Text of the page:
Developers should make the use of protective gear mandatory and improve supervision of safety measures to minimise accidents as mishaps at Hong Kong’s smaller construction sites remain worryingly high, said industry observers.
Sun Hung Kai Properties, the city’s largest developer by market cap, meanwhile has placed the most notable bet on new technology to take the lead and optimise the safety of its construction sites.
“In recent few years, the number of deaths … has remained at around 20,” said Fay Siu Sin-man, chief executive at Association for the Rights of Industrial Accident Victims, a non-governmental organisation that provides support for victims of industrial accidents.
Get the latest insights and analysis from our Global Impact newsletter on the big stories originating in China.
“This is not satisfactory. I think there is still room for improvement, [such as] in terms of penalty. Some [workers] are still using simple ladders or not wearing safety belts while making scaffolding. This is still quite common.”
She added that unless safety equipment is used widely and awareness is raised among the workers and companies, accidents will continue to happen.
The Labour Department reported 2,947 accidents related to the construction industry in 2019, down 16.8 per cent from the 3,541 in 2018 and the lowest since 2010. The number of deaths rose to 16 last year, up from 14 in 2018.
“There is a discrepancy with the [accident] numbers” compared to the real situation, said Daphne Ho, organising secretary at the Hong Kong Construction Site Workers General Union.
Many minor accidents and even some serious ones are not reported to the Labour Department as many employers persuade the workers into not reporting the work accidents, and avoid lawsuits by settling the matter privately, Ho said.
“[Workers] may receive a very small [compensation] and in some cases do not even get any money,” she said.
Small construction sites with tighter budgets tend to have comparatively poor safety standards than big sites of major developers like Sun Hung Kai Properties, said Ho.
Chan Ka-ming, project manager at Yee Fai Construction Company, the construction arm of SHKP, said that he had noticed a marked improvement in overall safety in the industry. The use of technology has helped to make their constructions sites even safer by bringing down the accident rate to below the industry average, according to the developer.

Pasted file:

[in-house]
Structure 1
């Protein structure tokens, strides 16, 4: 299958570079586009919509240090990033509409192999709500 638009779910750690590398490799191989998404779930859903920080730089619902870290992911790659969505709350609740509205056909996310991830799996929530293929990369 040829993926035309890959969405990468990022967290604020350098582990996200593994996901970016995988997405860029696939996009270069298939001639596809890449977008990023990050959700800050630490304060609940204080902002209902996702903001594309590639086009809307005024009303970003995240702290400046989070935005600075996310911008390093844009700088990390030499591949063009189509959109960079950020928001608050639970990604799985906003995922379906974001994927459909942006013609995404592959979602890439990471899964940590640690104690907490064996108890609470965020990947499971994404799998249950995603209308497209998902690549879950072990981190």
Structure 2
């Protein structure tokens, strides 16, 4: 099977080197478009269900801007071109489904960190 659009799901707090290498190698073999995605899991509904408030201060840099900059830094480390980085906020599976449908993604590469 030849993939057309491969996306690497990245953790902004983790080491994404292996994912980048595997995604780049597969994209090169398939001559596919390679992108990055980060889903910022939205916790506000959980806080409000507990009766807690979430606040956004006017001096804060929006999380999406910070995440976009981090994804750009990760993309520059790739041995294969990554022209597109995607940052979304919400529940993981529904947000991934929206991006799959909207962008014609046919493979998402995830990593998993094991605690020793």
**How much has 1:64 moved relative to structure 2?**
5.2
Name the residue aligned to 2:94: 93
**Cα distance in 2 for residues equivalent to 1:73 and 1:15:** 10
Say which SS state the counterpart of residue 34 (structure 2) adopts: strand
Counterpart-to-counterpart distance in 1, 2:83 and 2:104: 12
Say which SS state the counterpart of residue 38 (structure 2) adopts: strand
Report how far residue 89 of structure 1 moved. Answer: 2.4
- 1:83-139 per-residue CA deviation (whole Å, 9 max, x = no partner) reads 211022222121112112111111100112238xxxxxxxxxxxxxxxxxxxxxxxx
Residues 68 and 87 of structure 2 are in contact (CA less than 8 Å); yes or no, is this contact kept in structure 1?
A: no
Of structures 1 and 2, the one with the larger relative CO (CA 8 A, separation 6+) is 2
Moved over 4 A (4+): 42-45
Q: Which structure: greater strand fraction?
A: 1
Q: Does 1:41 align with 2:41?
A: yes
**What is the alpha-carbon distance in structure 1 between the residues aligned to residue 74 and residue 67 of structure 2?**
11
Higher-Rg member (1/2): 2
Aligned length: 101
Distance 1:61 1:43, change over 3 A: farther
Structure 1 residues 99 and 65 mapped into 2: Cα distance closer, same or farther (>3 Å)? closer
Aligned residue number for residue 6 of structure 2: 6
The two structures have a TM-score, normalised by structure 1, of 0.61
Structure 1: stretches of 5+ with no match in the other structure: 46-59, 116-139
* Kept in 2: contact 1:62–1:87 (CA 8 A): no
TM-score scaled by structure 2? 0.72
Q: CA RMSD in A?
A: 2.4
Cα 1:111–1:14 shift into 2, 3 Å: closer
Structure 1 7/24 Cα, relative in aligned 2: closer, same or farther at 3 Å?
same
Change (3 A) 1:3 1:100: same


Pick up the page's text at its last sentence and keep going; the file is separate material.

For instance, SmarTone, the telecom arm of SHKP, has designed a new system called SmartWorks aimed at enhancing construction workers’ safety, health and operational efficiency.
The system will first focus on serving SHKP’s construction sites, said Anna Yip, chief executive at SmarTone. The company has around 180 construction sites in Hong Kong – the most in the city.
It includes facial recognition for access control and “smart helmets” that can trigger an alert if workers wear them improperly, track their locations and vital signs. They can also call for help using the built-in SOS button in case of mishaps.
In January, Sun Hung Kai Properties deployed the technology for the first time at its commercial development in Kwun Tong. About 250 smart helmets are in use now and at the end, the site will have some 1,000 workers all using the helmets, said Chan.
There has been no accident at the site since the system came into use, Chan added.
Purchase the 120+ page China Internet Report 2020 Pro Edition, brought to you by SCMP Research, and enjoy a 30% discount (original price US$400). The report includes deep-dive analysis, trends, and case studies on the 10 most important internet sectors. Now in its 3rd year, this go-to source for understanding China tech also comes with exclusive access to 6+ webinars with C-level executives, including Charles Li, CEO of HKEX, James Peng, CEO/founder of Pony.ai, and senior executives from Alibaba, Huawei, Kuaishou, Pinduoduo, and more. Offer valid until 31 August 2020. To purchase, please click here.
More from South China Morning Post:
This article Sun Hung Kai Properties’ use of ‘smart helmets’ for construction workers cuts down accidents at its site first appeared on South China Morning Post